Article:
Qr8’s Founder, Dr Michele Squire answers the burning questions about LED light therapy for skin (and whether you actually NEED an at-home treatment!)
What is LED?
LED therapy has been around since 1960s when NASA developed the light emitting diode as an alternative to laser, to help heal wounds in zero gravity situations. The technology only became clinically useful in the 90s, with the first report of actual clinical use in 2002.
Light Emitting Diodes (LEDs) convert electrical current into light of varying wavelengths. This light is absorbed by enzymes within cell membranes and mitochondria, selectively stimulating or inhibiting various cellular processes that lead to beneficial effects (technical term: ‘photobiomodulation’).
LEDs are NOT laser or IPL, although they can deliver the same wavelengths of light. LEDs are also non-thermal, meaning that heat doesn’t equal photobiomodulation.
What can LED therapy do?
Multiple good quality scientific studies have demonstrated that in-clinic LED, delivered at professional intensity and dose levels, and very specific wavelengths that target different depths in the skin, can have beneficial effects. This includes improvements in wrinkles, acne lesions & scars, wound healing, hair growth, and reducing sun damage. The effects are greater when lights are ‘pulsed’ rather than continuous. These studies all show that multiple treatment sessions are required, often as many as 8 treatments over 4 weeks, depending on the machine. Results don’t peak for 4-6 months after the series of treatments.
When it comes to treating sun damaged skin, don’t expect miracles with LED therapy alone – it’s best when used in combination with other treatments. Tretinoin + sun protection is still the gold standard topical treatment for preventing and repairing signs of ageing associated with sun damage (rough, dry, wrinkled, saggy skin with uneven texture and tone, and enlarged pores).
Are LED devices safe?
LEDs are considered safe, and the lack of heat means they don’t need to damage skin to achieve results. But if you are taking photosensitizing medications (there’s a great list, HERE), or have a photosensitive skin condition (like lupus or melasma), epilepsy/seizures, or photophobic conditions (like migraine or some eye conditions), LED technology isn’t for you.
What about at-home devices?
Professional in-clinic devices have thousands of diodes, arranged on an adjustable panel that is positioned close to the face. Because of the density of the diodes, and the intensity of the delivered light (something called ‘irradiance’), they deliver a lot of energy to the skin. They can be programmed to deliver a single wavelength of light or cycle through a variety of wavelengths in a single session, targeting multiple concerns at once (e.g. acne lesions, scars and inflammation, which all require different wavelengths with different cellular targets).
Home devices, with a hundred or fewer diodes, often arranged in a hands-free mask (but also sometimes a hand-held device), are less powerful, both in terms of diode density and irradiance. Unfortunately, they also have very little scientific evidence about their effectiveness. You can read more about the evidence that exists for these devices HERE.
At this stage, the lack of any good quality evidence means you can save your money on at-home LED masks (but we are hopeful that some good quality, independent, clinical trials will be done as these devices become more popular!). If you do plan on purchasing one of these, remember that the lower power means you will need to use it much more often than the in-clinic version, so don’t bother buying one if you’re not the type of person to commit to using it very regularly. And do your research by emailing companies about the output of their masks – the price point for the masks is steep, and price (as you already know!) doesn’t always equate to quality!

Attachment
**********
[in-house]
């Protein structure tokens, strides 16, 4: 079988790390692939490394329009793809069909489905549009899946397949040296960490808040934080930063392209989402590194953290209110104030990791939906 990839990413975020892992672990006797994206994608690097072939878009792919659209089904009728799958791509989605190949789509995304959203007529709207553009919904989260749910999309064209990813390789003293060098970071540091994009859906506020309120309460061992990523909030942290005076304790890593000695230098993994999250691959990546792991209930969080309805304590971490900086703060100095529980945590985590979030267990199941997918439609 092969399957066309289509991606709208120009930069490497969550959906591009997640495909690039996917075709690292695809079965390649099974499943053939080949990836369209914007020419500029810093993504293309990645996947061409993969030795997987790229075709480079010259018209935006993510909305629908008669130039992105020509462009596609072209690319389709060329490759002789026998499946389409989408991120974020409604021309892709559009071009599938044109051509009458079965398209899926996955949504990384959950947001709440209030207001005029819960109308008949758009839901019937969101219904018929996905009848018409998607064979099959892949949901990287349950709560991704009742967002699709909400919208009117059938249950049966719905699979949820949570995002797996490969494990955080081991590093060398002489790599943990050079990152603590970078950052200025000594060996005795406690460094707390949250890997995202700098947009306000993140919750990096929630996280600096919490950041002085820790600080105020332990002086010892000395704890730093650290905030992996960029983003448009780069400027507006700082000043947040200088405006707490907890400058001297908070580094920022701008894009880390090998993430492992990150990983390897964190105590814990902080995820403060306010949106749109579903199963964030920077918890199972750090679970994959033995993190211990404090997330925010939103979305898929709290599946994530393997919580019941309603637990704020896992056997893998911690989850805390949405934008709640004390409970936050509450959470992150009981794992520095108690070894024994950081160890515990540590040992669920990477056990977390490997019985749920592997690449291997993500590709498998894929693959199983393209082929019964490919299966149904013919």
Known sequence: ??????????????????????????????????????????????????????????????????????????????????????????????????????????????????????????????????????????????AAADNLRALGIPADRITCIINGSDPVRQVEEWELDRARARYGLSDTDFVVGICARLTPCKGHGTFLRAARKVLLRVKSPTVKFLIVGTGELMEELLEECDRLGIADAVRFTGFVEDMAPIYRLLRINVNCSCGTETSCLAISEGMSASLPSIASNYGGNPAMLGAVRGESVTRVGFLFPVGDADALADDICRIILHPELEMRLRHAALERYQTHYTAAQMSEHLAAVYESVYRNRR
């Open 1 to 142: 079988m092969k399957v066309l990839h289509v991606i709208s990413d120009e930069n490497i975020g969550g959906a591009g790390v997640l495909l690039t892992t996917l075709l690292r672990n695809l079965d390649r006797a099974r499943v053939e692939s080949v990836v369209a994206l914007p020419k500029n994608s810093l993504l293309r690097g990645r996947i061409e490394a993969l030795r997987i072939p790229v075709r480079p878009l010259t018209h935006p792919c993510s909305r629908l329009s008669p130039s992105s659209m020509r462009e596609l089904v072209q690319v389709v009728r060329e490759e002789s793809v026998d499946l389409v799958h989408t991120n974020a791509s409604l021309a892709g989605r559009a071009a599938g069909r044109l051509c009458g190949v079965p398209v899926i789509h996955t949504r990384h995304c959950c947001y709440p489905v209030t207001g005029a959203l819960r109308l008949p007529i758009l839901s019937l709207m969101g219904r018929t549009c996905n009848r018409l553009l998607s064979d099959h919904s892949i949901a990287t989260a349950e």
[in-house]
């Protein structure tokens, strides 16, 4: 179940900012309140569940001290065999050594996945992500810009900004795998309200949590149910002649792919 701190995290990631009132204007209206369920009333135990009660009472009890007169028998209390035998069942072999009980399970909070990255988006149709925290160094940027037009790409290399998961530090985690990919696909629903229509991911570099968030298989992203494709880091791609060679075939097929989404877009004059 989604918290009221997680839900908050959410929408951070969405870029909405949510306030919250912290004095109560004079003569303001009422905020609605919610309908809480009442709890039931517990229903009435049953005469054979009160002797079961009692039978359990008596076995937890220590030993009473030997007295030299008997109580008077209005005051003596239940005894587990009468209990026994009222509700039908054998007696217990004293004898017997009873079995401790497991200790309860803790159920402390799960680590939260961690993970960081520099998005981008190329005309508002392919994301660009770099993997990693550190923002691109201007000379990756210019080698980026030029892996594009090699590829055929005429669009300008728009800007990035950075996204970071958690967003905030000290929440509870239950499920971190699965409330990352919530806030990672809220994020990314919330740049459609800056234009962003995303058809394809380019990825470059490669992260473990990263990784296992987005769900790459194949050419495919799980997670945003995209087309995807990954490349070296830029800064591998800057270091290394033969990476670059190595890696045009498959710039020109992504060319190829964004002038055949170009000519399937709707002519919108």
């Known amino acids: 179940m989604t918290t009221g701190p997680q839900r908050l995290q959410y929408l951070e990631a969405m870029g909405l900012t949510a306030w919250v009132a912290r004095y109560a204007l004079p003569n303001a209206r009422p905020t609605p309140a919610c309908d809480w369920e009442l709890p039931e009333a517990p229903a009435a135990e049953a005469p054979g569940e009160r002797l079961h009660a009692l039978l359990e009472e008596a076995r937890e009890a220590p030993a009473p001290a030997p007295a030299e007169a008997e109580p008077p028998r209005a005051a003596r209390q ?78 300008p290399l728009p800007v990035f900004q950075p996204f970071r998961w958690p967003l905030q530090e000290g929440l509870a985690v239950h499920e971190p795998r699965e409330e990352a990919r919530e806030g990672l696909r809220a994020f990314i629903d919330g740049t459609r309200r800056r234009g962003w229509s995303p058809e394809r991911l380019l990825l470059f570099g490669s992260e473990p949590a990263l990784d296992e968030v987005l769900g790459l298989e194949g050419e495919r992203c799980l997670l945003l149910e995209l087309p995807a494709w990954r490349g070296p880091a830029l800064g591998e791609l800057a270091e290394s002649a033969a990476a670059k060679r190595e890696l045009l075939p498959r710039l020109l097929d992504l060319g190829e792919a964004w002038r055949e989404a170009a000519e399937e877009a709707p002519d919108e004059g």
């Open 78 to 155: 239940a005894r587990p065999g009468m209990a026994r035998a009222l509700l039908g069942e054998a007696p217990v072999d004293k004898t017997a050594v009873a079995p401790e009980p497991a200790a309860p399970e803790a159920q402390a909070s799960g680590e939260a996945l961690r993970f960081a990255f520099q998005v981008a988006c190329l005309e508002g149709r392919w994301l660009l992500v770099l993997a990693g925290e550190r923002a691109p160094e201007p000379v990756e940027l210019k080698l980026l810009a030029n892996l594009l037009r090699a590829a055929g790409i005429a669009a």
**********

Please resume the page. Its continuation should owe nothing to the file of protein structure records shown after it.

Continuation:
What about those facial wands that are all over your social feed?
These tiny devices only have a handful of diodes (less than 5), and you need to repeatedly move the wand around your face to deliver any light to your skin. The claims made about benefits for these devices are sometimes pretty wild, and commonly based on the studies performed using powerful professional-grade devices. Common sense says there is pretty much zero chance that these devices could deliver an effective amount of energy to the skin to achieve anything close to a beneficial effect. Definitely one to save your money on!
Qr8 is known and loved for our skincare myth busting! To read more about evidence-based skincare CLICK HERE.
- Avci P, Gupta A, et al. Low-level laser (light) therapy (LLLT) in skin: stimulating, healing, restoring. Semin Cutan Med Surg. 2013. 32(1):41-52. PMID: 24049929.
- Calderhead RG. The photobiological basics behind light-emitting diode (LED) phototherapy. Laser Therapy. 2007;16(2):97-108.
- Cohen M, Austin E, et al. Home-based devices in dermatology: a systematic review of safety and efficacy. Arch Dermatol Res. 2022. 314(3):239-246. PMID: 33938981.
- Hession MT, Markova A, Graber EM. A review of hand-held, home-use cosmetic laser and light devices. Dermatol Surg. 2015. 41:307-20. PMID: 25705949.
- Ngoc LTN, Moon JY, Lee YC. Utilization of light-emitting diodes for skin therapy: Systematic review and meta-analysis. Photodermatol Photoimmunol Photomed. 2022 Oct 31. doi: 10.1111/phpp.12841. Epub ahead of print. PMID: 36310510.
- Opel DR, Hagstrom E, et al. Light-emitting Diodes: A Brief Review and Clinical Experience. J Clin Aesthet Dermatol. 2015. 8(6):36-44. PMID: 26155326.
- Pitassi, L. 2018. Light-Emitting Diode for Acne, Scars, and Photodamaged Skin. In: Lasers, Lights and Other Technologies (Issa, MCA & Tamura, B, eds). Springer, Cham. ISSN: 2511-820X.
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